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China Stores Iranian Oil Tankers For Further Gains

Amidst the sanctions slapped on Iran by America, it has been reported that tankers are still being offloading millions of barrels of Iranian oil into storage tanks at Chinese ports.

This has created a hoard of crude sitting on the doorstep of the world’s biggest buyer with no sale actually happening from Tehran. It has been two and a half months to the sanctions, where the White House has banned the purchase of Iran’s oil. But ironically, the nation’s crude is still being received by China.

However, it is under “bonded storage,” at several Chinese ports as this oil doesn’t cross local customs or show up in the nation’s import data. So technically, there is no breach of sanctions.

Economists believe that such stored oil has the potential to push down global prices. But that will only happen if ‘Chinese refiners decide to draw on it, even as Organization of Petroleum Exporting Countries and allies curb production amid slowing growth in major economies.’

This will keep Iran in business as it can continue to pump and move its oil nearer to potential buyers.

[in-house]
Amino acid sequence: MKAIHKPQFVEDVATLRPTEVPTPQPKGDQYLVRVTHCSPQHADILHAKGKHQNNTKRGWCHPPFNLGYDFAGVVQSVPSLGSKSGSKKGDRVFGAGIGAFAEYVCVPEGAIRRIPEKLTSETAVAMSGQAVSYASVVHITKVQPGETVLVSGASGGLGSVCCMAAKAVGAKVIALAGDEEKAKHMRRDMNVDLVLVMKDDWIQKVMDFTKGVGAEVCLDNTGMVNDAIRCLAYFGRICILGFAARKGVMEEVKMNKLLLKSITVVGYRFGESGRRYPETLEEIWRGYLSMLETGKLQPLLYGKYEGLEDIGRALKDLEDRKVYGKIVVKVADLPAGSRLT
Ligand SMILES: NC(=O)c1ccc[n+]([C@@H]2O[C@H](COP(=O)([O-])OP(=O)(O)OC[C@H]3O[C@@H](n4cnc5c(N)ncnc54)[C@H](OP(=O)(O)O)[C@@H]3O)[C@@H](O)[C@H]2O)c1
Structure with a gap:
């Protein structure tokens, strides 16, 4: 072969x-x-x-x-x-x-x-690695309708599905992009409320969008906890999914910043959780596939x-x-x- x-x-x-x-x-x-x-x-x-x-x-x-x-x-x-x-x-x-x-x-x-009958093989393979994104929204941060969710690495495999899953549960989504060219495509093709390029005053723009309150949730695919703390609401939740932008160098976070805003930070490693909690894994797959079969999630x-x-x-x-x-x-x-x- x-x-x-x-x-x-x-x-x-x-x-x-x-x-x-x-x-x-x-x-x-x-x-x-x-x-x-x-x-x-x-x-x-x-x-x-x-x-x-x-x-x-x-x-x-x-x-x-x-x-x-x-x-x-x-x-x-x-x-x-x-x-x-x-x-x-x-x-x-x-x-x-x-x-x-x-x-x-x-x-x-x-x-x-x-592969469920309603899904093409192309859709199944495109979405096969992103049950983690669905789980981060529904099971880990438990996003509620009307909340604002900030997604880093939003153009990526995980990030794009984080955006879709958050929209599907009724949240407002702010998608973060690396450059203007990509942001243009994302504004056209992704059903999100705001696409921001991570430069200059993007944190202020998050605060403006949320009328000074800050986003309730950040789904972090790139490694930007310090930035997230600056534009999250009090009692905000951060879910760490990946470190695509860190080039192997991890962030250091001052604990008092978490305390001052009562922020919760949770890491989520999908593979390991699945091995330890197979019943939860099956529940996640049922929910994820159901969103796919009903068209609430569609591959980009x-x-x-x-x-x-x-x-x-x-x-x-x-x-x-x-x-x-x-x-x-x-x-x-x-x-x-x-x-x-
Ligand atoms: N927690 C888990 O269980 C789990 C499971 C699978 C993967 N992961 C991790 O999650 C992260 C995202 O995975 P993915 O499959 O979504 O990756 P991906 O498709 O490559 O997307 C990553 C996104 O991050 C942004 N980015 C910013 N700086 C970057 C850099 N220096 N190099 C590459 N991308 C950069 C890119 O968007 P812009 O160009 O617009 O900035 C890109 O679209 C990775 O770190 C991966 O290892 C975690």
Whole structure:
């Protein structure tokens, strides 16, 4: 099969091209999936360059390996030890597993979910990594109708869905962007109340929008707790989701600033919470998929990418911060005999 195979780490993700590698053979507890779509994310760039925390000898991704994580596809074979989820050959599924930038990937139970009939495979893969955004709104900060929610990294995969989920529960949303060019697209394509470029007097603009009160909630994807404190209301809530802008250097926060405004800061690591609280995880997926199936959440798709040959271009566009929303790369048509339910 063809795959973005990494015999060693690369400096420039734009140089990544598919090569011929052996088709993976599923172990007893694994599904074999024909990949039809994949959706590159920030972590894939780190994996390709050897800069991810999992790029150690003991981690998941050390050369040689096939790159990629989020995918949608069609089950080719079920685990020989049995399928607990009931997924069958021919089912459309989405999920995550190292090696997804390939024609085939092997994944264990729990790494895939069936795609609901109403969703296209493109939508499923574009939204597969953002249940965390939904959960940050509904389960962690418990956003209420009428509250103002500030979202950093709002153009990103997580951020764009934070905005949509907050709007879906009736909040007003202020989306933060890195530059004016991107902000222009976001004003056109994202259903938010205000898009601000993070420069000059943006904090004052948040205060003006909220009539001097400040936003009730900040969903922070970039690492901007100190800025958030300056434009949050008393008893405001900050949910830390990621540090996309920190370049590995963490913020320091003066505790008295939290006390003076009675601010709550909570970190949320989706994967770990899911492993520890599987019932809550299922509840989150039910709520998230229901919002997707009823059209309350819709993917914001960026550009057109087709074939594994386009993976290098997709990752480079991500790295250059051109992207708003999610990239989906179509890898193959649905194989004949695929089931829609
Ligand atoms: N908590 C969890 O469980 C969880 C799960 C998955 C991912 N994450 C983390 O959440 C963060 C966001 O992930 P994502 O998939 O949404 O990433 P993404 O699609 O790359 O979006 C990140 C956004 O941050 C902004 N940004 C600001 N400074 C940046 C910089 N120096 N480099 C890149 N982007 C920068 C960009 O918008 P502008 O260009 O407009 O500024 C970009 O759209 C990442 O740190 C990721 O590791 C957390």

Further reports confirm that currently, at least ten very-large crude carriers and two smaller tankers owned by the state-run National Iranian Oil Company and its shipping arm are sailing toward China or idling off its coast.

The vessels have a combined carrying capacity of over 20 million barrels.

Putting crude into bonded tanks has other advantages for China. For one, it can avoid having to tie up part of its tanker fleet by storing the oil at sea for months at a time. Should the Iranian crude leave bonded storage and end up in the market it could pressure oil prices, according to Bank of America Merrill Lynch.

West Texas Intermediate plunged more than 20% from late April to mid-June as the U.S.-China trade war intensified.

There are currently no exemptions issued to any country for the import of Iranian oil, and any nation seen importing cargoes from the Persian Gulf producer will be in breach of sanctions, according to a senior Trump administration official, who asked not to be identified because he wasn’t authorized to speak publicly about the matter.

Political analysts believe that a further escalation in U.S. tariffs on Chinese goods could jointly drive global economic growth a lot lower and encourage Iran-China cooperation.

By U.J.M

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